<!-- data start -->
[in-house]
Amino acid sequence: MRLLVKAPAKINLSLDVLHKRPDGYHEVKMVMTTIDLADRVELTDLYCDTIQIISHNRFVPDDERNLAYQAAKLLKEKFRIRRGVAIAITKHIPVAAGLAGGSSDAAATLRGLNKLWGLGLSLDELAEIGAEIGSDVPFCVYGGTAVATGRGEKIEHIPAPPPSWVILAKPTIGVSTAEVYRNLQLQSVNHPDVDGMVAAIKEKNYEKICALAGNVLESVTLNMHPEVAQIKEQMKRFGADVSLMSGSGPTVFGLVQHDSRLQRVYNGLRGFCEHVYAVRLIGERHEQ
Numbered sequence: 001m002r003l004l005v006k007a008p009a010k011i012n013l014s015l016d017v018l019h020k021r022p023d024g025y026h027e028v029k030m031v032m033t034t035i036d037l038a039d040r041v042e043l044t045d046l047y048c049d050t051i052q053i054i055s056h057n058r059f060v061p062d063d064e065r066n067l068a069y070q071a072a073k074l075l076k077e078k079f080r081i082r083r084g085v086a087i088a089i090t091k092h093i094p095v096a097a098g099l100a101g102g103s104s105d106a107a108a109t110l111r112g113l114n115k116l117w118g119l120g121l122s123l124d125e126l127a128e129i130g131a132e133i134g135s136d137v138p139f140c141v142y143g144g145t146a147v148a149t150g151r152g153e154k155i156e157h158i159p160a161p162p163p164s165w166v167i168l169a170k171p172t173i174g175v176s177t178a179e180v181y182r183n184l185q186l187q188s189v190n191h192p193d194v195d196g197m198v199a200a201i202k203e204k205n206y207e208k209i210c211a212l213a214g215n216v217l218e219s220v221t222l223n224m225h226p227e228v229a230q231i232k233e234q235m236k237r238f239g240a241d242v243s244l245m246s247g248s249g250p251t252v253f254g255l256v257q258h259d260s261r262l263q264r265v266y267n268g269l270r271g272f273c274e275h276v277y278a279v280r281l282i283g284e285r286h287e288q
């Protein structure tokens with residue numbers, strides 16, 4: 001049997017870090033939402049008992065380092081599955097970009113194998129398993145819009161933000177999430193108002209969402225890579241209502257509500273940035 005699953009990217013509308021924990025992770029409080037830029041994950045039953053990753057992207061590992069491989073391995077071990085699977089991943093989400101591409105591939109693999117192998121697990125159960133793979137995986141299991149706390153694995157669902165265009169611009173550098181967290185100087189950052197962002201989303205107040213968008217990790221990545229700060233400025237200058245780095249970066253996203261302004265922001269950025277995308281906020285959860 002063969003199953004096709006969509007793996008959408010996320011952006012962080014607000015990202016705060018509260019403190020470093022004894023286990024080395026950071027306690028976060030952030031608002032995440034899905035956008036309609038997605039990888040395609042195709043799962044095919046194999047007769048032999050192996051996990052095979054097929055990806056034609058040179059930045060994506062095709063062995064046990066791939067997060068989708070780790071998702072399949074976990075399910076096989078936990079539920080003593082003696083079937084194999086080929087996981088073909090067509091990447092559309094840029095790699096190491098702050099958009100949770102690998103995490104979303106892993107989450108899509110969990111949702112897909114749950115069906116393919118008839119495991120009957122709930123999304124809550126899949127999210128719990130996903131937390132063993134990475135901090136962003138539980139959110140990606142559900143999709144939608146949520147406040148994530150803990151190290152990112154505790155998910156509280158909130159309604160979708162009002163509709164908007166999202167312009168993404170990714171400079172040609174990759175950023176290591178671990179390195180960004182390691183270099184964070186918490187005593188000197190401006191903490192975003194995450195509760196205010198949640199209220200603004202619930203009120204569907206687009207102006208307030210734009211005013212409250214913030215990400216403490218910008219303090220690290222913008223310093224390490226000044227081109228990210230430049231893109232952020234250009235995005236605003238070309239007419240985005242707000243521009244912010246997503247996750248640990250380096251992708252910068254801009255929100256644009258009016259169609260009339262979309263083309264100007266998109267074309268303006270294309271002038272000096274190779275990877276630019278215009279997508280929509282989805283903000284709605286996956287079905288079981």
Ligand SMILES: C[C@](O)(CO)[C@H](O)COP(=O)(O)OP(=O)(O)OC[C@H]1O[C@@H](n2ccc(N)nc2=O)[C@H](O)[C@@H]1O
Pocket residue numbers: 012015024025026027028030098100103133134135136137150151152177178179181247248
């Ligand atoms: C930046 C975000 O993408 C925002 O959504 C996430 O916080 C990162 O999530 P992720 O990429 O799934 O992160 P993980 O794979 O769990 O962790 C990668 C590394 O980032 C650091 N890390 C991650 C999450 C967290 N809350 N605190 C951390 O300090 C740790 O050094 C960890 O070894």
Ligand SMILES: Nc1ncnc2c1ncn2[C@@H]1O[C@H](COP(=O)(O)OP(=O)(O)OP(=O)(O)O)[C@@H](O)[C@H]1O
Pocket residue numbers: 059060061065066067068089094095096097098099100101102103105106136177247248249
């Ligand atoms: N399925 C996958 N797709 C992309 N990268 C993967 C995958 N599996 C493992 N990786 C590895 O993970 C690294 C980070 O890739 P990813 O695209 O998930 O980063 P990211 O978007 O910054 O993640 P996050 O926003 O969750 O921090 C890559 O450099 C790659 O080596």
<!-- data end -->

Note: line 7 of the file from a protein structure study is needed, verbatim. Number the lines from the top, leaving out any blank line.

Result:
């Ligand atoms: C930046 C975000 O993408 C925002 O959504 C996430 O916080 C990162 O999530 P992720 O990429 O799934 O992160 P993980 O794979 O769990 O962790 C990668 C590394 O980032 C650091 N890390 C991650 C999450 C967290 N809350 N605190 C951390 O300090 C740790 O050094 C960890 O070894």